When Colette Nakpergou gave the closing summary at the Cereals Exchange on behalf of the Togolese delegation, her compatriots let out a loud cheer in agreement:
“The most important thing is that we cereals actors have to commit more in regional trade so that we can defeat road harassment not on paper but in real life on the roads and at the borders,” Ms. Nakpergou of Réseau des Centrales d’Auto – Promotion Paysanne told the 60 producers, processors and traders from Benin, Cote d’Ivoire, Ghana and Togo.
The Cereals Exchange in Lomé on July 20 and 21 marked the sixth event since July 2015, supported by USAID West Africa Trade and Investment Hub, the West African Grain Network (WAGN) and Afrique Verte International. Cereals exchanges provide a platform to negotiate contracts for grain stocks all over the region with new buyers and use more professional methodologies. At the Lomé Exchange, sector operators signed 30 contracts for 72,057 tons of grains and legumes for an estimated $18.73 million.
At this, her second Exchange, Madam Nakpergou signed two contracts with Madam Maïmounatou Ourou from Benin. She said the benefits of the exchange go well beyond the transactions.
“The first time, at the Dakar Exchange, I made a very valuable business linkage with a Benin-based trader; if our plan to do business succeeds, it would be thanks to your organization,” she told the Trade Hub. “This time too I have learned that the contract must be very detailed, with relevant clauses addressing every small detail, and both parties must sign their agreement about those details.”
Attention to detail on contracts was echoed by Samuel Annang of the Maize Growers and Marketers Association of Ghana, who has now attended four of the cereals exchanges. In Lomé, Mr. Annang signed three contracts for yellow maize and white maize, including one with a Togolese company. After reviewing the initial draft of the contract, the two parties realized that current rising inflation rates of the Ghana cedi would result in losses for Mr. Annang’s company, come delivery time. The parties introduced a clause into the contract to address this issue, successfully finalizing an agreement that protected all interests.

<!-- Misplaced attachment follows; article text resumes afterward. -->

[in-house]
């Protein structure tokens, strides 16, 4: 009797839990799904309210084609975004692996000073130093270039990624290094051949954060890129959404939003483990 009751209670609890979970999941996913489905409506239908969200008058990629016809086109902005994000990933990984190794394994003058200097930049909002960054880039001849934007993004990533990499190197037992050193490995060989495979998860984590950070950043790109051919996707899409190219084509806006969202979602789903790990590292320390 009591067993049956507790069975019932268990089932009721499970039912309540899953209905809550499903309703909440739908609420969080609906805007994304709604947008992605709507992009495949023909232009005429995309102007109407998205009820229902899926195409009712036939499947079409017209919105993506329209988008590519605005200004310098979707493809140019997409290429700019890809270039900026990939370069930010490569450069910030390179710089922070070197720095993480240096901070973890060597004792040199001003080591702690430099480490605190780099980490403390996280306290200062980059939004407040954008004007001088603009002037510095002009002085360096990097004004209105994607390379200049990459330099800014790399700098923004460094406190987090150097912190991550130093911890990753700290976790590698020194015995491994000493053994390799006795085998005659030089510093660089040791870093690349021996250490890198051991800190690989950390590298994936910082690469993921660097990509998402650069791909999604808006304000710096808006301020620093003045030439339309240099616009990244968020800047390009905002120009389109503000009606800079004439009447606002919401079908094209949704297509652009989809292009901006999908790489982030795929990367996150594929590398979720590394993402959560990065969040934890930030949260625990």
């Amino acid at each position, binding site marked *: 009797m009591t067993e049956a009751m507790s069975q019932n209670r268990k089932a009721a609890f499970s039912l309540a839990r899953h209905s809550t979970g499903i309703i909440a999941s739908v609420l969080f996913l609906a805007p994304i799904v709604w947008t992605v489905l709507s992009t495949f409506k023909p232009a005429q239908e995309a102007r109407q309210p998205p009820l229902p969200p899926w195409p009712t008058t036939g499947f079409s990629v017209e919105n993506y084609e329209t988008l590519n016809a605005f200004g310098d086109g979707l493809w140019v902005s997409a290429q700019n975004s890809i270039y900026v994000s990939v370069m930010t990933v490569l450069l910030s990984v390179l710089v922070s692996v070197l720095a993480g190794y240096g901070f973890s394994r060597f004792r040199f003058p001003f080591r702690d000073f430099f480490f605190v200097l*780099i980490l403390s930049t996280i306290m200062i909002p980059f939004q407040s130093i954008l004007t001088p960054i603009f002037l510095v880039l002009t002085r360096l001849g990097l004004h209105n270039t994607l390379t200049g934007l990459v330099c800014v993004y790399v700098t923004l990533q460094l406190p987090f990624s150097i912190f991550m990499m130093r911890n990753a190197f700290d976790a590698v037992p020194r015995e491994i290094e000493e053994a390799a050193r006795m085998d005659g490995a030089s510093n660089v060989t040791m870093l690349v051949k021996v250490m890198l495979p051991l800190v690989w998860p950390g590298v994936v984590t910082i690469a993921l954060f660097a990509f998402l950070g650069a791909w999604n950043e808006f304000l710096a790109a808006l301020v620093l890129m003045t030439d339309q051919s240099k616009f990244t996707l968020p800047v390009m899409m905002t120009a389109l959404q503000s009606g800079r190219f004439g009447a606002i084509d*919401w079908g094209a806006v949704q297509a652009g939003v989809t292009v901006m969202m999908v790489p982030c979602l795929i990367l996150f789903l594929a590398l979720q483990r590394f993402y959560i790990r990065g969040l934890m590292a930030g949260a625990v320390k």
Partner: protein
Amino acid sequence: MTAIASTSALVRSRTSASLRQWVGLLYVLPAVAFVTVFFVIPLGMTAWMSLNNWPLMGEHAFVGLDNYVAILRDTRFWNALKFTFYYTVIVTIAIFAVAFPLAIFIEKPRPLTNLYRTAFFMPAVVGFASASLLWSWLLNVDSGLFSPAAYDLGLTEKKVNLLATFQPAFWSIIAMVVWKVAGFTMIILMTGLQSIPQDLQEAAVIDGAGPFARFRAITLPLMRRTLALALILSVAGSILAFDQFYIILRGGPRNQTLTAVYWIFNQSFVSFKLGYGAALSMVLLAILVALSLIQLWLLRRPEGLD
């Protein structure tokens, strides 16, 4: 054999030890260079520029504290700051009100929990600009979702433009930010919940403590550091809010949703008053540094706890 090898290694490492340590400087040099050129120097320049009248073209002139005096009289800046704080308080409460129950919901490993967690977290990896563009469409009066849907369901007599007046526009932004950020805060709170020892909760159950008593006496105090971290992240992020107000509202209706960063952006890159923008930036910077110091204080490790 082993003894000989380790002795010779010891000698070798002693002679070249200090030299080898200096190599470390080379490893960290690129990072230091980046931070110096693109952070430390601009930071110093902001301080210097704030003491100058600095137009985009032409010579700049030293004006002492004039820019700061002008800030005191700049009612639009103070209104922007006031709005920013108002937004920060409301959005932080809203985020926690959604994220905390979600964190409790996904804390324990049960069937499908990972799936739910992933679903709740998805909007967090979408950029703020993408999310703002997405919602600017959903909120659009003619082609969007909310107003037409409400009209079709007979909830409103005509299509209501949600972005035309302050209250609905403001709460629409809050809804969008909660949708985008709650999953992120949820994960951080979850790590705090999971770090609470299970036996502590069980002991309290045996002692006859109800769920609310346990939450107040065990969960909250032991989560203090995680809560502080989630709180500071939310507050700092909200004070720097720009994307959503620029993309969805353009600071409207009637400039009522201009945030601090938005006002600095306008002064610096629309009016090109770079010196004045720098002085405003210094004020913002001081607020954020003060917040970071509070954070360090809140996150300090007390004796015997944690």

Mr. Annang (shown at front right in photo to the left) said the Trade Hub has been a dependable organization, as illustrated by a recent experience: “When some of my clients were exporting from Ivory Coast to Ghana, they got held up at the border by Ivorian Customs, who were trying to extract unauthorized monies from the traders before allowing them to cross into Ghana. So I called Trade Hub; they had their Abidjan office intervene and secure the release of the trucks carrying the product. Then the same thing happened once the goods crossed over to the Ghana side. Again, with Trade Hub’s intervention, Ghana Customs released the trucks, and we received the product without paying any monies.”
Through these exchanges, Mr. Annang has also established regional business contacts with whom he constantly communicates about market information on cereals.
Paulina Atongo, a grains trader from Kumasi, Ghana, arrived at her first exchange with her infant daughter, having to step out whenever the baby began to cry. But she was determined to get the full benefit of attending this event.
“I had to figure out a way of selling it fast,” she said.Ms. Atongo became a cereals trader unexpectedly after being unable to find a job even after earning bachelor’s and master’s degrees in Education. A friend in the cereals business approached her with a business proposition — to help him source some grain product for him to buy from her. She successfully sourced the grain, but with no formal contract between them, he reneged on their deal and bought just a fraction from her, leaving her with tons of grain and no clue about what to do with it.
That was in January 2016. Today, Paulina buys large quantities of maize and millet, which she then supplies to processors, food vendors, and poultry farms.
“Business is good. It’s very good,” she said. “My goal is to become an international supplier within the next two seasons. I have learned here that understanding the contract documentation and the international standards and requirements will play a big part in being able to do that.”